A Deeper Look at Racial Inequality in America and Personal Finance with Jason

#Blacklivesmatter

With the recent murder of George Floyd and the current protests happening in the US, I wanted to share some thoughts around racial inequality on the Podcast as well. As I was reaching out to my network I got connected with Jason Hines who is coming on the show today. Jason is no expert on these thematics but he is never the less deeply motivated to share his thoughts as well and to raise awareness on the issue.

Stop racism #blacklivesmatter #matthew2239

We will look beyond the current events and give answers (or at least parts of it) to the questions: How did we get here? Where does this systemic racism come from? Jason will take us on a short American history class dating back from slavery (1800s) up to today and how racism has remained ingrained in the US society despite the Civil Rights act achieved by Martin Luther King. We will also have a look at how Financial literacy can play a big role in helping underserved communities and how we can all contribute to racial equality.

Listen here:


…or listen on Apple Podcasts or Spotify.

This episode is you if you want to take a deeper look at the recent “racist incidents” and learn more about how to contribute to a better understanding between communities. And it is an opportunity for me to raise awareness on the topic as well.

It is my sincere hope that this episode will help spread awareness and build towards a better future for the next generations. 

Key Takeaways:

  • Racism is not new and finds its origins back to the slavery period (1800s).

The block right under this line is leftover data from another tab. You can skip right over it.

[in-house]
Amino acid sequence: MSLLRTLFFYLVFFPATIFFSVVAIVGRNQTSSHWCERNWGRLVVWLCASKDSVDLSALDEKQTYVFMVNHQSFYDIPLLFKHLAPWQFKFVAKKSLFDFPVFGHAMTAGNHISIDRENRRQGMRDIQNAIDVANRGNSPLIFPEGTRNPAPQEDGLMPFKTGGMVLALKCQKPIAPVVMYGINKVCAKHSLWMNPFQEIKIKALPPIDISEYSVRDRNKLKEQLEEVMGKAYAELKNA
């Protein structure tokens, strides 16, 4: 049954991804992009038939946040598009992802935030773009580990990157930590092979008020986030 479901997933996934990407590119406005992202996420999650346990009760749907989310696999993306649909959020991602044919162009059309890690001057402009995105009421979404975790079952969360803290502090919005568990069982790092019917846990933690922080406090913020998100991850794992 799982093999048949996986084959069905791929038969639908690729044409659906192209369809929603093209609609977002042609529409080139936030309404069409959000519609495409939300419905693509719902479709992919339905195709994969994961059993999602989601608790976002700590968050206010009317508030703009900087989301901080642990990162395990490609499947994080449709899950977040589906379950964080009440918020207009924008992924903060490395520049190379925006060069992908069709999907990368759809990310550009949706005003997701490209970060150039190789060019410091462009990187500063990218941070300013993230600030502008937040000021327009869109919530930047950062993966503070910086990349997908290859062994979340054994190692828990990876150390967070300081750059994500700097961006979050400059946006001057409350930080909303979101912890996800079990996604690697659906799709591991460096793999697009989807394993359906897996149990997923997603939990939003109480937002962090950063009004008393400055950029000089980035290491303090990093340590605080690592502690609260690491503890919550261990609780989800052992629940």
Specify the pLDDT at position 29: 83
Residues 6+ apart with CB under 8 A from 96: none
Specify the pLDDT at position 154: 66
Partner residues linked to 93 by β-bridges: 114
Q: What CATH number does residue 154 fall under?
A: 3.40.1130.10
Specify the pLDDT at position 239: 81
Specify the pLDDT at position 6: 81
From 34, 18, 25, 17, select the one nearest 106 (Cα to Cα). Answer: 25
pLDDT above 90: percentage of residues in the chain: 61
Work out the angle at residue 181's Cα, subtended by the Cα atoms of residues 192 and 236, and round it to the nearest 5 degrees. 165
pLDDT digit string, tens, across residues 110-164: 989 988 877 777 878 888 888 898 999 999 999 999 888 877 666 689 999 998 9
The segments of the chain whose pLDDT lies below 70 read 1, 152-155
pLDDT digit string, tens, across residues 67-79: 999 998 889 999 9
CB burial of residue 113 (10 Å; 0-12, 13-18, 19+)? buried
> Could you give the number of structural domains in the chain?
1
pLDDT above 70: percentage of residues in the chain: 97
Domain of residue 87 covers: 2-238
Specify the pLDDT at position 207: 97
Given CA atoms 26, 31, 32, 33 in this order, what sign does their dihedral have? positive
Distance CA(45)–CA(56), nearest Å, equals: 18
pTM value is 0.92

• Slavery was commoditized (people used as a resource) at a high rate at the same time as capitalism was born. This, in turn, created the blueprint for today’s systemic racism. What we are witnessing today is the “hangover” as Jason calls it of more than 200 years of systemic racism.
  • Real Estate is a powerful way to pass on generational wealth, if you are deprived at first (redlining) how will you pass on that wealth?
  • We are not born racists, we can however unlearn by educating ourselves and get to know each other better (Yes, that may mean getting out of our comfort zones)
  • We can all contribute so let’s get the ball rolling for helping the next generations with raising awareness, educational content and financial acumen.
A Deeper Look at Racial Inequality in America. An open.  An open discussion on learning the origins of systemic racism in the US, how Financial literacy can play a big role in helping underserved communities and how we can all contribute to racial equality. #stopracism #blacklivesmatter #financialliteracy #joneytalks #racialwealthgap #wealthgap #martinlutherking
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Who is Jason?

Jason Hines has been a leader in the event, sports, and brand marketing world for over 20 years. Originally from metropolitan Chicago IL, he now resides outside of Nashville, TN. After a 9-year run with Red Bull leading marketing teams in the Southeast United States, Jason has shifted focus to develop and empower strategic marketing leaders through various organizations, serving as the Chief Strategist for Consortium, as a founding member of The Moonshot Collective, and starting his own consultancy with Mix Marketing. His motivation is simple: he strives to help brands he believes in developing the framework to build better people, teams, processes, and strategies to drive success.

Jason Hines Black man #blacklivesmatter
Jason Hines

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5 thoughts on “A Deeper Look at Racial Inequality in America and Personal Finance with Jason

  1. This sounds like a very interesting conversation and very topical in these times! So, I have downloaded this episode of the podcast to listen to on Spotify.

    1. I hope you’ll enjoy and make sure to spread it around if you do and learn something from the conversation :). in Europe racism takes a different form but it is important to still open the discussion on racial bias.

      1. There are certainly a lot of conversations here at the moment about racial inequality. It’s rather subtle over here. I would recommend Bonnie Greer’s podcast, ‘In Search of Black History’.

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